Table_2_Lignin Dimers as Potential Markers for 14C-young Terrestrial Dissolved Organic Matter in the Critical Zone.XLSX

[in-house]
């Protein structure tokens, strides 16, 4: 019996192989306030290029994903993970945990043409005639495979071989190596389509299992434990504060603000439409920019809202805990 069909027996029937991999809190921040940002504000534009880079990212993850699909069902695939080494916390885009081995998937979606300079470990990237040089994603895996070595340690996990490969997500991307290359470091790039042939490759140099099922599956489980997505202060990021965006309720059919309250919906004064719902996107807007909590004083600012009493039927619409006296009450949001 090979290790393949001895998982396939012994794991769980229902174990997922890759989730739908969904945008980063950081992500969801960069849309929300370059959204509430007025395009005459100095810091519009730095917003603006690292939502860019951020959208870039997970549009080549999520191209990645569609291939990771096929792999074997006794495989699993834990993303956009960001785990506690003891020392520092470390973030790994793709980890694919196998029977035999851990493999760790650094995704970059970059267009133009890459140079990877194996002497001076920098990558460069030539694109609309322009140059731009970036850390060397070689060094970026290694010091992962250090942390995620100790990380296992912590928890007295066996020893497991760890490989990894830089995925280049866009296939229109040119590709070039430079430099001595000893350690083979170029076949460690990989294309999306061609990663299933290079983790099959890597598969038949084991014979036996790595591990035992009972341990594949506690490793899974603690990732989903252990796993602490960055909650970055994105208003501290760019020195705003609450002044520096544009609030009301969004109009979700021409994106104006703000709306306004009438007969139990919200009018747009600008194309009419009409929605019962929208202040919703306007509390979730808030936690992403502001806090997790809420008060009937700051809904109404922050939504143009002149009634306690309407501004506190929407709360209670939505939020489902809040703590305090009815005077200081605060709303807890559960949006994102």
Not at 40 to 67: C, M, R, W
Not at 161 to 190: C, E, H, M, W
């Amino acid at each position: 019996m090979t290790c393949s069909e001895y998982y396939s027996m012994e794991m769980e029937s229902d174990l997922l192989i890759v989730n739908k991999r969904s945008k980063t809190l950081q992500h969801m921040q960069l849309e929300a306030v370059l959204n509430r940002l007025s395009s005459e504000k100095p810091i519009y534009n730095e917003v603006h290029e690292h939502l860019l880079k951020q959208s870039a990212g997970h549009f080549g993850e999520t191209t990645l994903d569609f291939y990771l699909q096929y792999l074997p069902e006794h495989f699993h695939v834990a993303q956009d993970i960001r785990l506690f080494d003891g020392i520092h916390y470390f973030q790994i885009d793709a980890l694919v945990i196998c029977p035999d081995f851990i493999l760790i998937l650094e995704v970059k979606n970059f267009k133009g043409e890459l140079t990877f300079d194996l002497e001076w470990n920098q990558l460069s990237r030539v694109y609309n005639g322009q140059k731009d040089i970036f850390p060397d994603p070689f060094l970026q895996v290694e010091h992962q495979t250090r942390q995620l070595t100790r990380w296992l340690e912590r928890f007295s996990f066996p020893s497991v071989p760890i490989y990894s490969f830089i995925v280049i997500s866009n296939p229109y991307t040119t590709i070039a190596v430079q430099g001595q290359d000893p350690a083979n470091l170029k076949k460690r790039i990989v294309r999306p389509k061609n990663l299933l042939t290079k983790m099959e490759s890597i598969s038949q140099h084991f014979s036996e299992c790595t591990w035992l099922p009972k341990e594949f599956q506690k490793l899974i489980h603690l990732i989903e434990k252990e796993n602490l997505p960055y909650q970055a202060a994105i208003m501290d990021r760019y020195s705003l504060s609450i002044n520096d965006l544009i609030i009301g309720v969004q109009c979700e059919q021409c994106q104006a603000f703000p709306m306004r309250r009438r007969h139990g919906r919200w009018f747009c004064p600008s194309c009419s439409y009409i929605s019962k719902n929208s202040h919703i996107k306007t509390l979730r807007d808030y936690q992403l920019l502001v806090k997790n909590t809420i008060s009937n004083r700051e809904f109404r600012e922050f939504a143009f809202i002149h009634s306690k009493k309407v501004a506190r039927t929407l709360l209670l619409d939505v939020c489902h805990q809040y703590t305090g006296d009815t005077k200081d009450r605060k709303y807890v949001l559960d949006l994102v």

The origin, molecular composition and fate of dissolved organic matter (DOM) provides essential information that links surface and subsurface processes and explores the functioning of the Critical Zone. Therefore it is important to identify specific marker compounds that provide information on the temporal and spatial linkages in the Critical Zone. Here, we used ultra-high resolution mass spectrometry and accelerator mass spectrometry in order to identify markers for fast transport of surface-derived DOM through the Critical Zone. We assessed the molecular composition and radiocarbon age of solid phase extracted DOM (SPE-DOM) from forest top soils. The 14C ages of SPE-DOM in our study were similar to that of bulk DOM. Calibrated ages ranged from 0 to 49 years and the within-site variability was larger than between sampling sites. Spearman rank correlation between the 14C ages and the DOM composition identified 129 sum formulae that were significantly correlated to 14C age. We found that molecular entities with younger 14C ages had lower molecular weight, higher unsaturation and less oxygen and heteroatoms than those associated with older 14C ages. A chemical library search suggested that phenylpropanoids and compounds, which are known to be lignin derived, are key molecular species for terrestrial DOM with young 14C ages. Among them, lignin dimers emerged as prominent surface-derived compounds that can potentially be used as markers for fast transport of water and DOM into the subsurface and groundwater.